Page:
Respect for OCDLA Fighting for Justice
Political interest groups are known for advancing the personal interests of their members. Thus, the NRA fights to preserve and protect the Constitutional right of Americans to keep and bear arms. The AMA and ADA seek to advance the economic interests of doctors and dentists. The NEA can be relied on to advance the interests of teachers.
Against this backdrop, I would like to commend an organization that actually works contrary to the private economic interests of its members, in the pursuit of justice.
The organization I refer to is the Oregon Criminal Defense Lawyers Association, an organization of attorneys and others who devote their career toward the defense of persons who are accused of crimes.
Of course, OCDLA provides direct service to its members in its sponsorship of high-quality seminars and its publication of excellent legal materials that are used by attorneys, investigators, paralegals and others who work in the criminal defense field. But that is not the focus of this article.
What is noteworthy about this organization is that, in its public advocacy activities, OCDLA has been a reliable advocate for restraint in sentencing policy. OCDLA has established a presence at the Oregon Legislature which is respected by Democrats and Republicans alike. Whenever there are debates on issues pertaining to sentencing policy, OCDLA can be depended upon to oppose harsh mandatory minimum sentencing schemes that have served to drastically increase Oregon’s prison population.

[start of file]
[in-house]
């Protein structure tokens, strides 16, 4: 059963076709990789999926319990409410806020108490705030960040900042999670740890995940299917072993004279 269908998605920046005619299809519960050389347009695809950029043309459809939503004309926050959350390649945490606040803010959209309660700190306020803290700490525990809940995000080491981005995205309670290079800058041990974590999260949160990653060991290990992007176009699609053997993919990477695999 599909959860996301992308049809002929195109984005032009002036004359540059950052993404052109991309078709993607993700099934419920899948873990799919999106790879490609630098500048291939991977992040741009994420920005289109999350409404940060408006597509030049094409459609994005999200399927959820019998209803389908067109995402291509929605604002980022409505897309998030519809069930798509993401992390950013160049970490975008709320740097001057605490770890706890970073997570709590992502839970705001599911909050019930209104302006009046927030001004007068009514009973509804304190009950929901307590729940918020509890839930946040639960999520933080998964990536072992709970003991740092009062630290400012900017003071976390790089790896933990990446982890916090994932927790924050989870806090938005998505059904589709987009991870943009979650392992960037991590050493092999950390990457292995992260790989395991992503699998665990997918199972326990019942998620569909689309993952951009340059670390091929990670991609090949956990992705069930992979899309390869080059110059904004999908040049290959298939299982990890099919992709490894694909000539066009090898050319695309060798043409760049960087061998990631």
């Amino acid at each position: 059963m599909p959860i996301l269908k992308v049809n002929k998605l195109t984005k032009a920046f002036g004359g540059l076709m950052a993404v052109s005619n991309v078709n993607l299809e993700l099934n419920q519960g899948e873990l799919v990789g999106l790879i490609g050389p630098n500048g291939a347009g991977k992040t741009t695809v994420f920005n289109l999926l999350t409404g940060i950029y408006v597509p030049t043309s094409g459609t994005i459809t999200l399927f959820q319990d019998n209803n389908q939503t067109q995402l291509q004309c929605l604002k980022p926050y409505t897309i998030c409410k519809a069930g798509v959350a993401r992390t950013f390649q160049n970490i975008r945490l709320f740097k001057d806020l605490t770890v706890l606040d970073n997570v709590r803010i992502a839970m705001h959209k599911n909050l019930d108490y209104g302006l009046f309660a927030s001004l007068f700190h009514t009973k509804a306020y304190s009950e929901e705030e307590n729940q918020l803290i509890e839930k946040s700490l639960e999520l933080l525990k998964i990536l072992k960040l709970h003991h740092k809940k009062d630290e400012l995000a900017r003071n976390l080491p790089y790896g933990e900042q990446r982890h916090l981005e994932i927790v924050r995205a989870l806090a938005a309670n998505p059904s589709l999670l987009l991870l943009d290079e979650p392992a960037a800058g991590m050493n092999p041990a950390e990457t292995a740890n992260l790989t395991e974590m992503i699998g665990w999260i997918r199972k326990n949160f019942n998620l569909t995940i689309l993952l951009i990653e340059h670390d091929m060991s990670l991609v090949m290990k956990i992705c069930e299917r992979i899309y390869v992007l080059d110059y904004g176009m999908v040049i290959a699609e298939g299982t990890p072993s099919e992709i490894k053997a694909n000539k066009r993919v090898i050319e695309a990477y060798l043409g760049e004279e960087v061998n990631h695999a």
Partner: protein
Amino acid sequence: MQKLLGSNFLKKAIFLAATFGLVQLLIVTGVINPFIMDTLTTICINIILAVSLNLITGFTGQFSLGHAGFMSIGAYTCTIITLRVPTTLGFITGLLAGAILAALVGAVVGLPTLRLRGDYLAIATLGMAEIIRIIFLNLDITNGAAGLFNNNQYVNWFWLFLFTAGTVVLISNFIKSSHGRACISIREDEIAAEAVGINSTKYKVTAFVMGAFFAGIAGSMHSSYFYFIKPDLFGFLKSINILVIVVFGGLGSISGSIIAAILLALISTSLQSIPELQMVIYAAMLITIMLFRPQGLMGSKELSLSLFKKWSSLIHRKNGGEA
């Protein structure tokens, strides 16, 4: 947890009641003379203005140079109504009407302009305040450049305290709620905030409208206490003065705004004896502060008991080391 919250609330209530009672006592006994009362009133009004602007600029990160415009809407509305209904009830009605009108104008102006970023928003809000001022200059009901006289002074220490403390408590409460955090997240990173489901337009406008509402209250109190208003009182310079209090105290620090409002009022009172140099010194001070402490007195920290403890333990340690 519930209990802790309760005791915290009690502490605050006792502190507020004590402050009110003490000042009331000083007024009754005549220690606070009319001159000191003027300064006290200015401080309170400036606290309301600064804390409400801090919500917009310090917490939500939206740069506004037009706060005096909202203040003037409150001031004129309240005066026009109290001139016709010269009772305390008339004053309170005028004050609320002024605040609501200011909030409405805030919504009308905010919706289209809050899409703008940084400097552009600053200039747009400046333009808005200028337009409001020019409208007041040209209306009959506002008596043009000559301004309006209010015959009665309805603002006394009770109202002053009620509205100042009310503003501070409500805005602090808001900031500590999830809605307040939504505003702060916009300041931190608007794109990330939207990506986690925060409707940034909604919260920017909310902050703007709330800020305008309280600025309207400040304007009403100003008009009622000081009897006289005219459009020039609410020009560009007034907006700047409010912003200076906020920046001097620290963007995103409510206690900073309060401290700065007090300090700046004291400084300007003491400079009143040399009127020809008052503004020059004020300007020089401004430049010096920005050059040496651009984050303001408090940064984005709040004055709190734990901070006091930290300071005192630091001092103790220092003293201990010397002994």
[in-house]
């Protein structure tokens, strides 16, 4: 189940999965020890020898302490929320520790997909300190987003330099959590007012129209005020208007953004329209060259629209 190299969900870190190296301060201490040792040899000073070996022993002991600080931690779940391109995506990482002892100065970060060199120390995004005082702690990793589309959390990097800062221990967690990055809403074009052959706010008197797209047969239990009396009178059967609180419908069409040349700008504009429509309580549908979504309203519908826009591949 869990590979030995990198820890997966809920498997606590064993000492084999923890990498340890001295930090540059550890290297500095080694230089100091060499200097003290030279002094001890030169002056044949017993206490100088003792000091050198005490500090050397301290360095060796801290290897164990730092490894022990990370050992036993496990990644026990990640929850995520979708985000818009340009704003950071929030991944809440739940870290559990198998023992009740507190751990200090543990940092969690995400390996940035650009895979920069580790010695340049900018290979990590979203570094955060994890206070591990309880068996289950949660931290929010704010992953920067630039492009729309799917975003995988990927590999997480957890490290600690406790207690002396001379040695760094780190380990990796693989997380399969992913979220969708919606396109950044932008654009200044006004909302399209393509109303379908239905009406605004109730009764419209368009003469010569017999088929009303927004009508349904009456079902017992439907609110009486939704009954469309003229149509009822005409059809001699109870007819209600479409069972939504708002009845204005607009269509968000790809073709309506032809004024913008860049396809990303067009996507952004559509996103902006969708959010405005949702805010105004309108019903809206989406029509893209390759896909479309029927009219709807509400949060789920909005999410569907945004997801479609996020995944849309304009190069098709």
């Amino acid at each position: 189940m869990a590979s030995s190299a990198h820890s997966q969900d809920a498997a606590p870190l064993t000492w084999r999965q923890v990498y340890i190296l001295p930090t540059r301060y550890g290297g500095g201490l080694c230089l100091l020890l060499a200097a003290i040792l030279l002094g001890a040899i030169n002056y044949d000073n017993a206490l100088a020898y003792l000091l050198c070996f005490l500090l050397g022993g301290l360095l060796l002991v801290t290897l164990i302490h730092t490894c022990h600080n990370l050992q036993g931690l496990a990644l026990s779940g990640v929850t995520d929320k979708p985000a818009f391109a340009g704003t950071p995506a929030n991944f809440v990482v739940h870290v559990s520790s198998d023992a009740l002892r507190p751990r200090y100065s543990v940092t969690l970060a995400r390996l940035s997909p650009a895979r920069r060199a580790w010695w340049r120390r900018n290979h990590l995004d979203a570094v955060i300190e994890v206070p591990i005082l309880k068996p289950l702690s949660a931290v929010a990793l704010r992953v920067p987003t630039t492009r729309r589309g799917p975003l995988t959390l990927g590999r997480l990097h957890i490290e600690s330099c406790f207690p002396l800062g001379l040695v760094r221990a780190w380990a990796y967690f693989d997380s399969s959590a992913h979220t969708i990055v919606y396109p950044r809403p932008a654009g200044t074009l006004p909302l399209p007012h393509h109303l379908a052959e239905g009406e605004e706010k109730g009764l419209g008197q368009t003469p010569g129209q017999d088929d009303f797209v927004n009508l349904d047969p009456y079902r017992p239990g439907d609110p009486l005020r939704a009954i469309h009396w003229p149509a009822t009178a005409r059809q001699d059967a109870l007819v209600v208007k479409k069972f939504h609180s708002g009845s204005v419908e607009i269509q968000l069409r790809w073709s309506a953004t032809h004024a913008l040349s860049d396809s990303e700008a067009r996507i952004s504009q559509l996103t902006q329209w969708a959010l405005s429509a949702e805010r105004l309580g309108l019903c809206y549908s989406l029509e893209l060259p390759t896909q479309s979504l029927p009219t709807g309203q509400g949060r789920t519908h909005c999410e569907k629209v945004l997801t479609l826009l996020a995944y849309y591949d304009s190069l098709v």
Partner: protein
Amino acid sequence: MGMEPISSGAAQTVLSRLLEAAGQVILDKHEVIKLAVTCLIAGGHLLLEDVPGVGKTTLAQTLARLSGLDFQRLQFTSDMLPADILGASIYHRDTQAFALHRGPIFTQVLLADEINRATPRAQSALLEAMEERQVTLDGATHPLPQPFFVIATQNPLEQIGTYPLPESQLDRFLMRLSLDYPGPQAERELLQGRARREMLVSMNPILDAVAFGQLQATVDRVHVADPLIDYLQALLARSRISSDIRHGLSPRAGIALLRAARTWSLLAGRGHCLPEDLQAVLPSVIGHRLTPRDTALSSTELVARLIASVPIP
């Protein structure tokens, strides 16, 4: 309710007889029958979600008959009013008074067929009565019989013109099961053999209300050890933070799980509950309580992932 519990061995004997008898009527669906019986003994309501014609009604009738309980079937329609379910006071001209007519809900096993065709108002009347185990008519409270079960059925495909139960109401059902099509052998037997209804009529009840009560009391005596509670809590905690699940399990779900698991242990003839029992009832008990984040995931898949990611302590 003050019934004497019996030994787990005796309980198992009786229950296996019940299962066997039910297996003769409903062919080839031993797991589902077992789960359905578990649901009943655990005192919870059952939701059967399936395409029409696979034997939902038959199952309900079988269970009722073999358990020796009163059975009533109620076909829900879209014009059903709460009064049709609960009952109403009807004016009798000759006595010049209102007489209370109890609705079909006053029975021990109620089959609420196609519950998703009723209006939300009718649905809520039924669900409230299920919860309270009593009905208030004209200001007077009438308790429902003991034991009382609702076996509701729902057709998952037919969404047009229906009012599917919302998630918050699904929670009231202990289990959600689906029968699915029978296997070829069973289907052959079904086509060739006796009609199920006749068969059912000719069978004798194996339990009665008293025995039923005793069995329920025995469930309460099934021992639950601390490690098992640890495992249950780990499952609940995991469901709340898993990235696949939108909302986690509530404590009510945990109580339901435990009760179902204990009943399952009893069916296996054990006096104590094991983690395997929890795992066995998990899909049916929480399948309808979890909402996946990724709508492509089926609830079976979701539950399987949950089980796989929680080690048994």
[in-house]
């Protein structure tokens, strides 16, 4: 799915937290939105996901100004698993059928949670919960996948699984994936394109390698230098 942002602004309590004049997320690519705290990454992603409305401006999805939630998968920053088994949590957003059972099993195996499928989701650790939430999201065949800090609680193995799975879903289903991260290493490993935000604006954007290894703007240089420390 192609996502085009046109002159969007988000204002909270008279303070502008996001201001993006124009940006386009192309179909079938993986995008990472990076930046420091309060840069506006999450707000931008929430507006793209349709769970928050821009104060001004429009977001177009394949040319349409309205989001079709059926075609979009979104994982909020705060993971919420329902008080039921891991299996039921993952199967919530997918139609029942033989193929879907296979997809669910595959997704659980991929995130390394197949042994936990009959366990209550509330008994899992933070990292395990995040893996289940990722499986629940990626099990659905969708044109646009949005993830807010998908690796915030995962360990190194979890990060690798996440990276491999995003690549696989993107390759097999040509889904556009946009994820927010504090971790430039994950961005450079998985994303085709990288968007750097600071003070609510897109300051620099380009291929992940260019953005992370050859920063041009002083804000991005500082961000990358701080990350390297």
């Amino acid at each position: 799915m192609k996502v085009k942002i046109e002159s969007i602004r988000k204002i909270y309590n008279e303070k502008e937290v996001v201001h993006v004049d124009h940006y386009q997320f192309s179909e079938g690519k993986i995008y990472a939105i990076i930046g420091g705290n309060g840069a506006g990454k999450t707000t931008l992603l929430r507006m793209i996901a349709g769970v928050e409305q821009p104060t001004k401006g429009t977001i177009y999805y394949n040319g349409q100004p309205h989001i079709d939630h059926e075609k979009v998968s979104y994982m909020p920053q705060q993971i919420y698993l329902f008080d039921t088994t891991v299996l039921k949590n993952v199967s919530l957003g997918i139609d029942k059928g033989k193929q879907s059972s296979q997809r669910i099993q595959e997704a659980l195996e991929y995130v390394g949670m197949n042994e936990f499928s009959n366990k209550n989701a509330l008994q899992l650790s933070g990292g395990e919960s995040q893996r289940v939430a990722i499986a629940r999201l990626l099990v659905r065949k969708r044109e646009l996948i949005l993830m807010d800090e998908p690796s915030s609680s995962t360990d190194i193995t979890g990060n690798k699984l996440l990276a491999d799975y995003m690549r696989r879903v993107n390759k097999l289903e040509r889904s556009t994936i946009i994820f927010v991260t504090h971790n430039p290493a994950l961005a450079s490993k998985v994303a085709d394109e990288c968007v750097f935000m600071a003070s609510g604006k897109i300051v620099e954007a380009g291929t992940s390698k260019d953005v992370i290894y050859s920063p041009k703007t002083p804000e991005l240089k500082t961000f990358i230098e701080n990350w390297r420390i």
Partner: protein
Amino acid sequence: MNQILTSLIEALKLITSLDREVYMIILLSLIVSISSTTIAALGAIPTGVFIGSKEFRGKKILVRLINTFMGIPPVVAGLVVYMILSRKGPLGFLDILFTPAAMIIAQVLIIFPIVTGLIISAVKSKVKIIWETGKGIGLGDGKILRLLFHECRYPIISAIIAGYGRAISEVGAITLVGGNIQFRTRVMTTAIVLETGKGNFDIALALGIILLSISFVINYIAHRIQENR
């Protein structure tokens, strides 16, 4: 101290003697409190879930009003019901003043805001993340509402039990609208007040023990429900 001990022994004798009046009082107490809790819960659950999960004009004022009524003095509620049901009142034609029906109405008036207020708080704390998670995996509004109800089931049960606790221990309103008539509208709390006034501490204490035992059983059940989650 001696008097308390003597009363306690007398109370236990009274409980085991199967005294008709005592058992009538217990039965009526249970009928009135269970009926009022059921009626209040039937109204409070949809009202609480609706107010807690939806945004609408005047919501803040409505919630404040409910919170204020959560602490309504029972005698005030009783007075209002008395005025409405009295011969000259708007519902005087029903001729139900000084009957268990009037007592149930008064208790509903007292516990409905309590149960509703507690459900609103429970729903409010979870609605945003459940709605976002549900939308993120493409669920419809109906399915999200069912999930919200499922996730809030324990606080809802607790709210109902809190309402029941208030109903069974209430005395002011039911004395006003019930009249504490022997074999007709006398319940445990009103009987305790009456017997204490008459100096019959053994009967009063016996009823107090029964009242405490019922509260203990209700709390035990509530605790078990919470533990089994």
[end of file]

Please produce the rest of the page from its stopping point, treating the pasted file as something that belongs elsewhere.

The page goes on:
Since 1995, with the advent of Ballot Measure 11, Oregon has embarked on a costly prison expansion spree. Hundreds of millions of dollars have been diverted from education and human services toward the incarceration of an ever-expanding prison population. Even as violent crime has diminished, the wild expansion of our prisons has proceeded unabated. Judges have been stripped of discretion and prosecutors have been empowered to call the shots.
Only OCDLA has provided a voice of sanity. Only OCDLA has pointed out that our State is harmed, not helped, when we divert scarce resources away from rehabilitation and into incarceration. Only OCDLA has emphasized that, by empowering prosecutors and stripping judges of discretion, the delicate balances of our legal system are thrown out of order.
If OCDLA cared only for improving an economic lot of its members, it would not advocate strenuously for restraint in sentencing policies. Indeed, harsh sentencing laws actually bring financial benefits to those who defend clients facing the most serious of crimes. By supporting OCDLA, criminal defense attorneys show that they are motivated not merely to advance their own narrow economic interests. Instead, our support of OCDLA demonstrates that we care about those among us who are less fortunate and that we truly seek a criminal justice system that is characterized by fairness and sanity.
For more information about the important work of the Oregon Criminal Defense Lawyers Association, click the OCDLA’s website, at www.ocdla.org.